Cognitive Behavioral Therapy

Cognitive Behavioral Therapy (CBT)

Cognitive Behavioral Therapy (CBT) is an umbrella term for many forms of therapy that involve working with thoughts (cognitive) and actions (behaviors) in order to improve chronic difficult feelings such as anxiety or sadness. CBT and related approaches, such as those discussed below, are the gold standard treatment for anxiety, panic, worry, obsessive-compulsive disorder (OCD), depression, low self-esteem, couples difficulties, and many other life struggles that keep people stuck.

CBT is a present-focused, goal-oriented, and collaborative therapy approach. From the foundation of a caring, trusting, transparent therapy relationship, high-quality CBT empowers people to understand how they stay caught in unhelpful cycles of thoughts, actions and feelings. CBT strategies help people interrupt these patterns, and learn alternative ways of thinking and behaving that can improve painful emotional experiences, empowering a person to pursue the life they truly want.

Acceptance & Commitment Therapy (ACT)

A newer addition to the CBT umbrella, Acceptance and Commitment Therapy (ACT) was founded on the premise that mental health is not just about reducing your symptoms; it is also about living a life consistent with your true values. It focuses on clarifying the aspects of life that are most important to you, and teaches you the skills you’ll need to walk in the direction of your values – including mindfulness and acceptance of difficult thoughts and feelings.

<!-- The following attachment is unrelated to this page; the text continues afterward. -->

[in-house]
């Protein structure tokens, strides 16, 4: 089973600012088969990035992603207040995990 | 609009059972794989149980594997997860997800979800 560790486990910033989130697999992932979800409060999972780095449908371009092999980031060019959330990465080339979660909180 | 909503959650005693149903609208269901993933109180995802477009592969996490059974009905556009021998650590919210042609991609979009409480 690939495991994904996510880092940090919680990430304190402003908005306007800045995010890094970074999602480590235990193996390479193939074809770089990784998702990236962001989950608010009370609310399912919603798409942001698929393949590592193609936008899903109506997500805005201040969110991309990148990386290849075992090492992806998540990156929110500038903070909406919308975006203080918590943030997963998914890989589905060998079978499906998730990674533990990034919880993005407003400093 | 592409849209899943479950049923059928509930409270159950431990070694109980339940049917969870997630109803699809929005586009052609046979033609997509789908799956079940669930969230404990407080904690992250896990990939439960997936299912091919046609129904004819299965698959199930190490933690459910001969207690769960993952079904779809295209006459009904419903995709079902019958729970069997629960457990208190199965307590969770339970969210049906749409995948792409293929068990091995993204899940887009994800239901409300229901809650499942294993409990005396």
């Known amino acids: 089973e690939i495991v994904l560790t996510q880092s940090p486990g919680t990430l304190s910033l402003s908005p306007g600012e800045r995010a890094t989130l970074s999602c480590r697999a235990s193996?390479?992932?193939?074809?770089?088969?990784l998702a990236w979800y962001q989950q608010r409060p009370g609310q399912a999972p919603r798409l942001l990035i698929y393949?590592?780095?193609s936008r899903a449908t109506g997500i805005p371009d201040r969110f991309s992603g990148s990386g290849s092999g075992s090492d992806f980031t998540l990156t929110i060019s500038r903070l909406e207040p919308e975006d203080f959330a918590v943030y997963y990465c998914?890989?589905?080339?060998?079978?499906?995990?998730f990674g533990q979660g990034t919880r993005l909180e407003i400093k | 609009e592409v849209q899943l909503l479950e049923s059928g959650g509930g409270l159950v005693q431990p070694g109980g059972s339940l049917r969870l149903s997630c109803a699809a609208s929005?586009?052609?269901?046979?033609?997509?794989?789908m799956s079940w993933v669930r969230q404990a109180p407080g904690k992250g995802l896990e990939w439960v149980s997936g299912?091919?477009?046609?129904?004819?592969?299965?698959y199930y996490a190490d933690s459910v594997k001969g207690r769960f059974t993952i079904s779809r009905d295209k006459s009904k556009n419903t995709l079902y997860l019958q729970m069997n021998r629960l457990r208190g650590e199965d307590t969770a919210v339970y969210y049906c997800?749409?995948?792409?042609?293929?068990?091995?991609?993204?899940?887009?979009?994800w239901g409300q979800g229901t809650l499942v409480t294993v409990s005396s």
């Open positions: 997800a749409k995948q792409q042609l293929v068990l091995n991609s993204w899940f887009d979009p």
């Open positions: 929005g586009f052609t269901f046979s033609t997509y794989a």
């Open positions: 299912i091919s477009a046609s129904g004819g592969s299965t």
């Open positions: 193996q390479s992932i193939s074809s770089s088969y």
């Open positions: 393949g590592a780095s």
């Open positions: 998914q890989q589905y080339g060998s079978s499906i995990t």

Some older versions of CBT operated under the premise that to live an emotionally healthy life, one needed to “change negative thinking.”Newer research is informing us that sometimes we cannot “change” our thought patterns, but thankfully, we don’t need to in order to live a happy, fulfilling life.

We can learn to take our unhelpful thinking less seriously, knowing the stories of our minds and seeing thoughts for exactly what they are – just thoughts!

ACT emphasizes changing how we relate to our distressing thoughts, versus changing or eradicating the thoughts themselves. It teaches us to accept the various aspects of our human experience that cannot be changed. People often find this extremely freeing and can reach new levels of contentment with ACT by making peace with all aspects of the human experience.

Compassion Focused Therapy (CFT)